English
 
User Manual Privacy Policy Disclaimer Contact us
  Advanced SearchBrowse

Item

ITEM ACTIONSEXPORT
  In vivo two-photon targeted single-cell labeling in the zebra finch

Benezra, S., Narayanan, R. T., Oberlaender, M., & Long, M. (2014). In vivo two-photon targeted single-cell labeling in the zebra finch. Poster presented at 44th Annual Meeting of the Society for Neuroscience (Neuroscience 2014), Washington, DC, USA.

Item is

Basic

show hide
Item Permalink: http://hdl.handle.net/21.11116/0000-0001-320D-9 Version Permalink: http://hdl.handle.net/21.11116/0000-0001-3467-1
Genre: Poster

Files

show Files

Locators

show
hide
Description:
-

Creators

show
hide
 Creators:
Benezra, S, Author
Narayanan, Rajeevan Therpurakal1, 2, Author              
Oberlaender, Marcel1, 2, Author              
Long, MA, Author
Affiliations:
1Former Research Group Computational Neuroanatomy, Max Planck Institute for Biological Cybernetics, Max Planck Society, ou_2528698              
2Max Planck Institute for Biological Cybernetics, Max Planck Society, ou_1497794              

Content

show
hide
Free keywords: -
 Abstract: Humans have the ability to learn and execute a wide range of movement sequences that are integral to everyday life, from playing the piano to speaking, but little is known about how these behaviors are represented within the brain. Songbirds offer an excellent experimental model to study the organization of identified cortical circuits underlying a complex learned motor behavior. Towards that end, we focused on the cortical premotor nucleus HVC (proper name), which contains the neural circuitry enabling song production (Vu et al., 1994; Hahnloser et al., 2002; Long and Fee, 2008). HVC premotor neurons send primary axons to the forebrain motor nucleus RA (robust nucleus of the arcopallium) which ultimately drive song. In addition to these efferent outputs, RA-projecting HVC neurons also send axon collaterals within HVC (Gurney and Katz, 1981; Mooney, 2000), which are thought to form a synaptic chain capable of enabling precise sequences (Long et al, 2010). Despite their implications for a range of HVC circuit models (Fee et al., 2004; Amador et al., 2013), the fine structure of these processes is poorly understood. To address this issue, we examined the morphology of premotor neuron axons by delivering an intracellular tracer (Neurobiotin) in vivo using juxtacellular (loose patch) stimulation (Pinault, 1996; Narayanan et al., 2014), coupled with 2-photon imaging (Margrie et al., 2003) in order to specifically target premotor neurons in that nucleus. The axonal arbors were then reconstructed using a semi-automated process (Oberlaender et al., 2007). In addition to a quantification of the arborization patterns and putative target neurons, we are also interested in whether the projection patterns of single premotor neurons can suggest topographic structure, especially in light of recent evidence suggesting that connectivity within HVC may exhibit a directional bias (Stauffer et al., 2012; Poole et al., 2012; Day and Nick, 2013).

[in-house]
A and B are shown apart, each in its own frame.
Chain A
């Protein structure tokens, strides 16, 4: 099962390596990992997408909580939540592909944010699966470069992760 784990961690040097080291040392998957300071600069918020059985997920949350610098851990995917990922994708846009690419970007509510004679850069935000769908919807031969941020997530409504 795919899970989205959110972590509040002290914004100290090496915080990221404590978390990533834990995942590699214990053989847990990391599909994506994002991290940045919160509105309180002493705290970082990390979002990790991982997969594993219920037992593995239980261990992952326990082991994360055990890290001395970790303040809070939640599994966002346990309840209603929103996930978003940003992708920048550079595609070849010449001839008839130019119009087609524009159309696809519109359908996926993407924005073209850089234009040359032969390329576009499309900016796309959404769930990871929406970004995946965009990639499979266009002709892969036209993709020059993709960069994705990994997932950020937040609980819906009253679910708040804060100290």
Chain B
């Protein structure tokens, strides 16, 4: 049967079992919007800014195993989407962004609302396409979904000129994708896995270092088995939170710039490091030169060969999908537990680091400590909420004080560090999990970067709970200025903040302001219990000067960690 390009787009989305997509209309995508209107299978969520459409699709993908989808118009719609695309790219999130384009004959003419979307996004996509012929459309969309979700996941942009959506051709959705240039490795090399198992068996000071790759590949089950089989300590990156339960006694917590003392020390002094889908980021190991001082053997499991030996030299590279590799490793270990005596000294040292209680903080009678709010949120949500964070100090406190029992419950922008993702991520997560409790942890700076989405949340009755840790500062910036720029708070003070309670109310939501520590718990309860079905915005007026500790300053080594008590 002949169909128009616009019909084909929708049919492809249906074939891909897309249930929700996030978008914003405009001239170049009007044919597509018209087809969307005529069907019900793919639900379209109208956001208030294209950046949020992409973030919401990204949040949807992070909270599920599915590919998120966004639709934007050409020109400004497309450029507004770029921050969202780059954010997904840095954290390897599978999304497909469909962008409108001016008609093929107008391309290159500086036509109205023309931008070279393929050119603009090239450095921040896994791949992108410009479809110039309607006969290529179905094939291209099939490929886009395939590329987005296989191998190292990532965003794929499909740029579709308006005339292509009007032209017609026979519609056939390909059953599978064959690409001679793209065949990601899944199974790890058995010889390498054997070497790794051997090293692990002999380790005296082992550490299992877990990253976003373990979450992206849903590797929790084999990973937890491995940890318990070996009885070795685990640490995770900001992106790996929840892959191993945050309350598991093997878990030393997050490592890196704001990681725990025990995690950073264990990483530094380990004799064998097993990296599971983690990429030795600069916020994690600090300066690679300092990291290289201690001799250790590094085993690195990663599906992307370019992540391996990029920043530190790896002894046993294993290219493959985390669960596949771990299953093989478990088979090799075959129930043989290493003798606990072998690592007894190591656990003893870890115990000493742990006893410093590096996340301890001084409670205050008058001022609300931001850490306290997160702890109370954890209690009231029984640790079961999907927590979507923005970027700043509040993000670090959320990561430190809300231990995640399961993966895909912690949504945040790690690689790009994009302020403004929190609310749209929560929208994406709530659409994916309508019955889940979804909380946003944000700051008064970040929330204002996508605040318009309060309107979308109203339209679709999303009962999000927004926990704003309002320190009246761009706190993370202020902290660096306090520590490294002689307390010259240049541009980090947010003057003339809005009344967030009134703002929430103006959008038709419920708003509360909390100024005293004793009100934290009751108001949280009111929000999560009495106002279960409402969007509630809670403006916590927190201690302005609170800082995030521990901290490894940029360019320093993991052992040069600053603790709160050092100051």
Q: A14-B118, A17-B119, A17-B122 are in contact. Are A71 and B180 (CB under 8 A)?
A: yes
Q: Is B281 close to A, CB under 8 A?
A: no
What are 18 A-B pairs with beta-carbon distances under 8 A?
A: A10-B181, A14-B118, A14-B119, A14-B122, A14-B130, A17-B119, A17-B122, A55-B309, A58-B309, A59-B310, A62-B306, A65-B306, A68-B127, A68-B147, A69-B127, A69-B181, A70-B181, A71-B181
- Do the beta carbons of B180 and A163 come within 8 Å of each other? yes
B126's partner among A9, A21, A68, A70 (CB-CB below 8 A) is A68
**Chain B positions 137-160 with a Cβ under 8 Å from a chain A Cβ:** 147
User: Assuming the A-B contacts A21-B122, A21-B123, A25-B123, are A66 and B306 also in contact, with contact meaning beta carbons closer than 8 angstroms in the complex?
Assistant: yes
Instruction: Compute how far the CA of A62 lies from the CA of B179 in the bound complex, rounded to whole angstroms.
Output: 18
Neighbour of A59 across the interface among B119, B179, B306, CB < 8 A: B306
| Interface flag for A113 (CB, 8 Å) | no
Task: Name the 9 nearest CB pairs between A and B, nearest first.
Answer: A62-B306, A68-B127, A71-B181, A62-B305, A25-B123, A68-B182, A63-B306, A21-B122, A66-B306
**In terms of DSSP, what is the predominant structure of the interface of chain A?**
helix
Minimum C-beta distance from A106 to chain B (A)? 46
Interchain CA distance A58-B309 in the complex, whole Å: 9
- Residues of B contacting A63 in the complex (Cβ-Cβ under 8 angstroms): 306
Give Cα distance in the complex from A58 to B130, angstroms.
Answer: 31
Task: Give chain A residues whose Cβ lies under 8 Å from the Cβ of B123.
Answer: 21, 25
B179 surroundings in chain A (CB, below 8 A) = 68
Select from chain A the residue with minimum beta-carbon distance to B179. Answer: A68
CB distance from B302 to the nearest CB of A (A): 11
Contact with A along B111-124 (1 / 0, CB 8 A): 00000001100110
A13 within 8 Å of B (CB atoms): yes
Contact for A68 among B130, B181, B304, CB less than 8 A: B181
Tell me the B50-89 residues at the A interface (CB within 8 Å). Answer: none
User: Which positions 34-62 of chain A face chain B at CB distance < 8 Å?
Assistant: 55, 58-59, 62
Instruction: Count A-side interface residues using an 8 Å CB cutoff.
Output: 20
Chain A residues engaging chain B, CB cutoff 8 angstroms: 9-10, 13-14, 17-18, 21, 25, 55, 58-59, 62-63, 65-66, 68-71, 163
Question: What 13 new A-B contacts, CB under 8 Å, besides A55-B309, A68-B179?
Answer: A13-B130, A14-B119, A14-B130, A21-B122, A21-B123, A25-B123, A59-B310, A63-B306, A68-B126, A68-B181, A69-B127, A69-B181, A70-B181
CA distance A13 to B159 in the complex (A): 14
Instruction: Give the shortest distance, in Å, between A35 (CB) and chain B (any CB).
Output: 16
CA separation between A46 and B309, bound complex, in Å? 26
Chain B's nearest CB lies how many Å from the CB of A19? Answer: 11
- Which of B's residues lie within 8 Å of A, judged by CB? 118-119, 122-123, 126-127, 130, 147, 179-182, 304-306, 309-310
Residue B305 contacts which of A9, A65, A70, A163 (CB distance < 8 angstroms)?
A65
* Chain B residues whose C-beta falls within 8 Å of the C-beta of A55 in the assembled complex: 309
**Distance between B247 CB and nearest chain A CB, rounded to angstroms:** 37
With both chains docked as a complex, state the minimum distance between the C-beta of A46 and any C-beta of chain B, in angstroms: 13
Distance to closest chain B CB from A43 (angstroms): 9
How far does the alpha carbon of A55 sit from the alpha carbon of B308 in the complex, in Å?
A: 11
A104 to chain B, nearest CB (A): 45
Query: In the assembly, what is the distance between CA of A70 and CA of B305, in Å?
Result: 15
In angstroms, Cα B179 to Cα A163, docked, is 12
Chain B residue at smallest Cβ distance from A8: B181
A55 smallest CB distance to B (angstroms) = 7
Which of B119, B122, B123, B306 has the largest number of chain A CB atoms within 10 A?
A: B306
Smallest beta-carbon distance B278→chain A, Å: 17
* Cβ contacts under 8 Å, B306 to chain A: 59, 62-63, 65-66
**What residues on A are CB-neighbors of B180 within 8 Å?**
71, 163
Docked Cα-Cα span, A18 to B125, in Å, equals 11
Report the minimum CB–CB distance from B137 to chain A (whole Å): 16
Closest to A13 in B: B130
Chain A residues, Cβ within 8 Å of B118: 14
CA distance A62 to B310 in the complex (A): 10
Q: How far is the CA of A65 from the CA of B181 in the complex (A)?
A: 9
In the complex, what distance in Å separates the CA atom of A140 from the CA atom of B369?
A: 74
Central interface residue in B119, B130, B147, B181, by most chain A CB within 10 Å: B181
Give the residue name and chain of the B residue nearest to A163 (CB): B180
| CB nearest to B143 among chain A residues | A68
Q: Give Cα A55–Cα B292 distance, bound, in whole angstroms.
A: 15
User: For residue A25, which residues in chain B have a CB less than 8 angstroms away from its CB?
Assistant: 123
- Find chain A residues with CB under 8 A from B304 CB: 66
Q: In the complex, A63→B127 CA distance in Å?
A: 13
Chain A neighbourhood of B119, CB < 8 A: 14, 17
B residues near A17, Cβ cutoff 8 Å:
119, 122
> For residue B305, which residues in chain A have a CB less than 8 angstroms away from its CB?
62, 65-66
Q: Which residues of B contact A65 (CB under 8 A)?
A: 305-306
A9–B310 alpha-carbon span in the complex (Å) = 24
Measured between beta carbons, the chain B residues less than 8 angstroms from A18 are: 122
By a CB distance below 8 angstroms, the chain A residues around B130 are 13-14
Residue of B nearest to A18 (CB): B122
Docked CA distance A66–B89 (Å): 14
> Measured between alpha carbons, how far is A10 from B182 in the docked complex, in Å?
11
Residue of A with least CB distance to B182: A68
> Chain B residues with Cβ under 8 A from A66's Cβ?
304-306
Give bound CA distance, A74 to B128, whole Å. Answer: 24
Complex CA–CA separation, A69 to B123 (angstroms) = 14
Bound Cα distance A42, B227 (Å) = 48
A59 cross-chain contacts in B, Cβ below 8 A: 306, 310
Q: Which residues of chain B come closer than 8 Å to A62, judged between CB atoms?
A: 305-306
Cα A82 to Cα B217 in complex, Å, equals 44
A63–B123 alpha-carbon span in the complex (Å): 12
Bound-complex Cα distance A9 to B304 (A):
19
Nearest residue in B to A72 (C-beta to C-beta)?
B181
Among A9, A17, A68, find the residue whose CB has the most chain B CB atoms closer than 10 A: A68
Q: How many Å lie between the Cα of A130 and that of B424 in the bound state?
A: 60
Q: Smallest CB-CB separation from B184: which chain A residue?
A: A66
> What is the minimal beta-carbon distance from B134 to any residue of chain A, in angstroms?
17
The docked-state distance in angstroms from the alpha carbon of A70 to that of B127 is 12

Details

show
hide
Language(s):
 Dates: 2014-11-18
 Publication Status: Published in print
 Pages: -
 Publishing info: -
 Table of Contents: -
 Rev. Method: -
 Identifiers: BibTex Citekey: BenezraNOL2014
 Degree: -

Event

show
hide
Title: 44th Annual Meeting of the Society for Neuroscience (Neuroscience 2014)
Place of Event: Washington, DC, USA
Start-/End Date: -

Legal Case

show

Project information

show

Source 1

show
hide
Title: 44th Annual Meeting of the Society for Neuroscience (Neuroscience 2014)
Source Genre: Proceedings
 Creator(s):
Affiliations:
Publ. Info: -
Pages: - Volume / Issue: - Sequence Number: 565.19 Start / End Page: - Identifier: -